Nigerian virologist warns against use of Russian vaccine
Nigerian virologist, Dr Solomon Chollom, on Thursday warned against the use of Russian Coronavirus (COVID-19) vaccine, Sputnik V, stating that it has not gone through entire clinical trials protocols.
Effiezy notes that the Federal Government recently got delivery of COVID-19 vaccine developed by Russian scientists for assessment.
Chollom told the News Agency of Nigeria (NAN) in Abuja, that this should be a cause for concern for all health care practitioners and the Nigerian public.
According to him, it is only the full clinical trials that will guarantee evidence-based approval from regulatory bodies and confident use by professionals.
He said that for the purpose of clarity, vaccine development was a combination of intensive laboratory-based work and extensive field or clinical trials to generate evidence around safety, efficacy and potency.
”We are expressing our interest for the COVID-19 vaccine so that we will have the opportunity to work elaborately,” he said.
Chollom said that clinical trials for vaccines are in four phases.
“Phase one has to do with administration of the candidate vaccine to a very small group of healthy volunteers to assess safety parameters.
”At this stage, the bioavailability and tenure of the vaccine in the target area is also assessed.
“Phase two is usually carried out subsequent to the success of phase one trials.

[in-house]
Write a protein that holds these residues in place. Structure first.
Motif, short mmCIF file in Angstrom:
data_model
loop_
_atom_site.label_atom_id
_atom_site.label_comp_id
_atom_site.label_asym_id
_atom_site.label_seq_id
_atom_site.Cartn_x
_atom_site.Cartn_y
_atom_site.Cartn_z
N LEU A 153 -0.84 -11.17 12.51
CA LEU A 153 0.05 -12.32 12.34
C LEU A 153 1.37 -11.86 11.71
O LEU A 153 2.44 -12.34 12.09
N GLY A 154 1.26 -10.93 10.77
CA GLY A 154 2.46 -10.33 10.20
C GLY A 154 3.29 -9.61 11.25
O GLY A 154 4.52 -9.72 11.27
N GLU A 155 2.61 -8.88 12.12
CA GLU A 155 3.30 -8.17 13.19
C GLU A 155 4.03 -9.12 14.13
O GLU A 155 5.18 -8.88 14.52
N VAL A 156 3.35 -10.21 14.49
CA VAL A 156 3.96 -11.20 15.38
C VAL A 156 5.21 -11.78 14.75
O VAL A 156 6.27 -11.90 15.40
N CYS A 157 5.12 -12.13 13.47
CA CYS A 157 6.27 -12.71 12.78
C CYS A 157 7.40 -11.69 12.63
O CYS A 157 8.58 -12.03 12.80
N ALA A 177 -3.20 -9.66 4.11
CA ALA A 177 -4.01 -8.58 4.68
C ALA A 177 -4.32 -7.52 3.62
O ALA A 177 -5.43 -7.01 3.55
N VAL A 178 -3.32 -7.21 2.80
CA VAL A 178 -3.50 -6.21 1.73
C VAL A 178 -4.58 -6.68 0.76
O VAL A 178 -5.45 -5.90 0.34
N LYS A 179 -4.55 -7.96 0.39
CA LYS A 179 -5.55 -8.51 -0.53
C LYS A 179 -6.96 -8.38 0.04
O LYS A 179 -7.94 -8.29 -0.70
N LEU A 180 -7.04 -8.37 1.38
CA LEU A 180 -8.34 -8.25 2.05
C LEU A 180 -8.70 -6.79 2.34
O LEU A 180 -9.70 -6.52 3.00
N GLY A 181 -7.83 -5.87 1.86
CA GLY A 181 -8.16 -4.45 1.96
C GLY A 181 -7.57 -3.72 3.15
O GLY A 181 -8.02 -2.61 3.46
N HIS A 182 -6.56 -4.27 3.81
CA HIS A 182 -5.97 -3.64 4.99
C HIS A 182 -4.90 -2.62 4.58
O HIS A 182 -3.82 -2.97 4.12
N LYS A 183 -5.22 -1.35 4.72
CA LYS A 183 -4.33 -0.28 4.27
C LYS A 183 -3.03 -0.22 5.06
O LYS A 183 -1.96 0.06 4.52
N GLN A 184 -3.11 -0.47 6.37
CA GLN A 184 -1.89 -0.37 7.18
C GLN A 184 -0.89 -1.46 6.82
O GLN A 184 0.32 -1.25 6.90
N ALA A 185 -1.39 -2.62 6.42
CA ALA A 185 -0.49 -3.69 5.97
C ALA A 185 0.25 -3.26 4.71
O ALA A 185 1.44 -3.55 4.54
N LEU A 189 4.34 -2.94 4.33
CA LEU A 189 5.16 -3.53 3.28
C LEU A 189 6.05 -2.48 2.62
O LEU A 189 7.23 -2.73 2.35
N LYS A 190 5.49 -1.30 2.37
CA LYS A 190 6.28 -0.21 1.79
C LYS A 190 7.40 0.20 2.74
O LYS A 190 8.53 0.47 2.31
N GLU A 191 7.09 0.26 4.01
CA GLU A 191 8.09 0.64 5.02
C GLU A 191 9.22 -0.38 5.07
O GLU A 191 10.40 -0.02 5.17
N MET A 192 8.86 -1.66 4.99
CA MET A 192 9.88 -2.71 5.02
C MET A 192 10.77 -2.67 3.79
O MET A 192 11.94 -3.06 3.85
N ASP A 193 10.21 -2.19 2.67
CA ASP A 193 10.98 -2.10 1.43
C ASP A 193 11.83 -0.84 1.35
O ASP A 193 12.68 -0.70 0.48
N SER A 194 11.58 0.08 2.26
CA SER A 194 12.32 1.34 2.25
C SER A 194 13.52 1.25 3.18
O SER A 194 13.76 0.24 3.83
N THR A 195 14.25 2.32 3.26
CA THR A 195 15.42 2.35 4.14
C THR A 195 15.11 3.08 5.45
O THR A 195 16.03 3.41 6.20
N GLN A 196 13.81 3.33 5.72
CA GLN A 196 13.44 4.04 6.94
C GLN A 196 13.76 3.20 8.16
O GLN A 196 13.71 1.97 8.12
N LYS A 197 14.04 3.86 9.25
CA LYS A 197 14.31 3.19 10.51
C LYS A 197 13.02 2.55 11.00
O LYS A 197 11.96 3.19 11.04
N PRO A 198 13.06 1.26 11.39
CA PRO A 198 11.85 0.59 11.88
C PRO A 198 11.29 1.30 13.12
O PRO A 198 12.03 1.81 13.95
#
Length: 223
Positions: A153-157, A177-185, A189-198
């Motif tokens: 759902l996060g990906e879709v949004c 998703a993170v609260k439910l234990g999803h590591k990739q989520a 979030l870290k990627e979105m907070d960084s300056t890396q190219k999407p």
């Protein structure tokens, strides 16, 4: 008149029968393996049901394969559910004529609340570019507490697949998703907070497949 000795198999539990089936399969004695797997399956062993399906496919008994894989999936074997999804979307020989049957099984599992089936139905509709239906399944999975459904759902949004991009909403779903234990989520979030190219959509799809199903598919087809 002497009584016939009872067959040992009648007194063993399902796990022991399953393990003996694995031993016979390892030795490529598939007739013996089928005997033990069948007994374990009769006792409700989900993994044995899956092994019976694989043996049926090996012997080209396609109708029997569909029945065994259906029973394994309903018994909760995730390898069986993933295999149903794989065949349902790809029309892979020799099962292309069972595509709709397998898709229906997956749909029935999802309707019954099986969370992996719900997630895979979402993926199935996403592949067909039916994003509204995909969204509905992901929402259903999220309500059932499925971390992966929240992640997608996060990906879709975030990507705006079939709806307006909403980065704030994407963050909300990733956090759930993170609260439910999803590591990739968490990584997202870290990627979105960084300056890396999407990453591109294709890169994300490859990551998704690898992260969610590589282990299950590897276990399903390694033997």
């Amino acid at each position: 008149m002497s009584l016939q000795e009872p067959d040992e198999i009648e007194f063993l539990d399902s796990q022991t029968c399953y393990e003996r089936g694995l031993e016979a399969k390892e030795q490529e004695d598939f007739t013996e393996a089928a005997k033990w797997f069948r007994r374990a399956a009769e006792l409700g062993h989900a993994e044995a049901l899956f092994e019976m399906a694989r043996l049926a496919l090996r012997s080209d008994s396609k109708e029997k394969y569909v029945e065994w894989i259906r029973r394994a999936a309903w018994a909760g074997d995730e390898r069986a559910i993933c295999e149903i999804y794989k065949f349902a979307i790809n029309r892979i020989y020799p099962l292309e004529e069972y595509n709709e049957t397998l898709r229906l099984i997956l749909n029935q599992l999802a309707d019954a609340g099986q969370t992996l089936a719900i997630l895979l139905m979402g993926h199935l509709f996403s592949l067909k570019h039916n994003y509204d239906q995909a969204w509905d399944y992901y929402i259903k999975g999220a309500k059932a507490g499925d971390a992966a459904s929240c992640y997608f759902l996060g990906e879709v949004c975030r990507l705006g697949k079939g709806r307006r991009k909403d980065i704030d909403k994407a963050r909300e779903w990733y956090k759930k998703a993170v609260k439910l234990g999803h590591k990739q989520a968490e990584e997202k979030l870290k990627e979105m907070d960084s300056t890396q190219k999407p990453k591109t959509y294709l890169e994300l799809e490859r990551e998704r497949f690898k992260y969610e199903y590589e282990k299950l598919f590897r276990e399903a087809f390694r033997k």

”A larger group of healthy volunteers is usually mobilised and administered the vaccine and then exposed to the disease-causing agent to assess if they will come down with the disease or stay protected by the administered vaccine.
”This phase is out to generate evidence around the effectiveness (efficacy) and dosage of the product,” he explained.
Chollom said that the success and proven evidence from Phase two would guarantee the Phase three trials.
“Here, the trial is done in a very large population, usually a multi-national study involving volunteers in thousands.
”This stage is peculiar because it brings on board different races, demographics and other possible human and environmental factors under scrutiny.
”Safety, efficacy and most importantly, potency are assessed on a larger scale across many parameters; some are host-specific and others environment-specific.
“Phase III trials usually take a long time. After successful and proven evidence from this phase, regulatory bodies are at liberty to approve the drug for clinical use,” he said.